- Hardcover: 304 pages
- Publisher: William Morrow (September 4, 2007)
- Language: English
- ISBN-10: 0060875291
- ISBN-13: 978-0060875299
- Product Dimensions: 6 x 1 x 9 inches
- Shipping Weight: 15.2 ounces (View shipping rates and policies)
- Average Customer Review: 145 customer reviews
- Amazon Best Sellers Rank: #669,124 in Books (See Top 100 in Books)
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Beyond the Body Farm: A Legendary Bone Detective Explores Murders, Mysteries, and the Revolution in Forensic Science
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From Publishers Weekly
Forensic anthropologist Bass nicely complements his memoir, Death's Acre, with this unnervingly cheerful collection (ably co-written by science journalist Jefferson) of case studies and anecdotes from the field of corpse identification. With careful attention to detail and the occasional darkly humorous aside, the authors describe charred maggot cocoons; the grotesquely dismembered victims of a fireworks factory explosion; and the forensic uses of sonar, scanning electron microscopes and computer databases. Disparaging the CSI effect on jurors who expect DNA testing to be quick and exact,Bass extols the virtues of old-fashioned legwork and gut reactions, though he's always quick to admit when his methods and intuition fall short. The authors keep the narrative flow moving nicely, and Bass's voice is practical, passionate and eminently Southern—and his decades of teaching experience at the University of Tennessee come through strongly in such helpful suggestions as If you decide to murder somebody, don't think that you can completely cover your tracks with fire. Strong-stomached readers who like to get dirt under their nails will gladly follow the UT forensic anthropology team up mountains and into rivers as they put names and faces to long-decayed bodies. 16 pages of b&w photos. (Sept. 4)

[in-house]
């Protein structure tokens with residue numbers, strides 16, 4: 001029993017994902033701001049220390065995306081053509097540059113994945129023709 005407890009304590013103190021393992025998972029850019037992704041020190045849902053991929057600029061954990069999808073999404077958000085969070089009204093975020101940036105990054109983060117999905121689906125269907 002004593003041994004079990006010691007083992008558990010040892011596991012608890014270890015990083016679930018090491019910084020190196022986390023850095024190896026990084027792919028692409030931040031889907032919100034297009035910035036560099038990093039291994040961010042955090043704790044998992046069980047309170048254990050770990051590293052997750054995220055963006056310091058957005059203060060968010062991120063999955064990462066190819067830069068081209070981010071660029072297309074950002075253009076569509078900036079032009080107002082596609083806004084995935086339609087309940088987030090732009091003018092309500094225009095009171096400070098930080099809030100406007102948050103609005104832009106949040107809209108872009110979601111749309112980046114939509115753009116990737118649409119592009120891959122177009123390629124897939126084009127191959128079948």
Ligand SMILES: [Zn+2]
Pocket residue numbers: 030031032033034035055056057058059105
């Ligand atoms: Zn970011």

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“There’s much to enjoy here...” (Kirkus Reviews)
“Readers who like to get dirt under their nails will gladly follow the UT forensic anthropology team.” (Publishers Weekly)
“scientifically authoritative, as well as accessible to mainstream crime buffs...Some cases are heartbreaking; at least one is downright weird.” (BookPage)
“The real crimes and mysteries here are just as or more intriguing as any fictional crime drama.” (Knoxville News-Sentinel)
“Beyond the Body Farm offers a real-life understanding of forensic anthropology and the science behind it...” (Knoxville News-Sentinel)
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The cases themselves are riveting,each (like the stories of the people themselves) are unique and tragic: the case of a home-made fireworks factory that went horribly wrong; the anguish of a family unsure if the body they buried was indeed that of their mother; answering the question of whether J.P. Richardson ("the Big Bopper") survived the plane crash that killed Buddy Holly before succumbing to his wounds. But beyond the macabre fascination of the details of these cases is the sheer brilliance Dr. Bass demonstrates as he clearly, succinctly and briefly explains his craft and the way he is able to arrive at the conclusions he does. That he makes this look easy belies the difficulty of the task, the skill and experience he has, and the strength of his (and Jon Jefferson's) writing.
Strongly recommended to anyone interested in the field. Other, related recommendations on the topic are Dead Men Do Tell Tales: The Strange and Fascinating Cases of a Forensic Anthropologist,The Killer of Little Shepherds: A True Crime Story and the Birth of Forensic Science, and Bones: A Forensic Detective's Casebook
So true! This was a fun read, although definitely not a fast or easy read. I expected it to be heavy on the science, and I wasn’t disappointed. I especially liked the follow-through as he revisited several cases over the course of decades as new technologies and techniques made it possible to solve earlier crimes that couldn’t have been resolved without the new tech. And I liked that it wasn’t all wrapped up in a bow – in some cases there really weren’t definite answers – a reality that is frequently ignored in the CSI mindset.
As with all the random non-fiction I read, I had hoped to learn something. In this book, I learned quite a few things. Among others, I had no idea that “Although identical twins can’t be distinguished from one another by their DNA, they can be told apart by their teeth.”
I also enjoyed his sporadic attempts to lighten up what is surely a seriously dark topic by throwing in personal details like, “Luckily, considering my line of work, I have a poor sense of smell.”
And the starting pun was particularly astute. I’m sure that “People these days are just dying to get into the Body Farm….”
My only complaint is that the book ended rather abruptly for me at only 79%. Had I been reading the print version (and not the e-book), I would have likely noticed that the backmatter (acknowledgements, glossary, etc.) formed 20% of the book. As it was, I was left expecting more because I’d assumed I had at least another 4 chapters to go…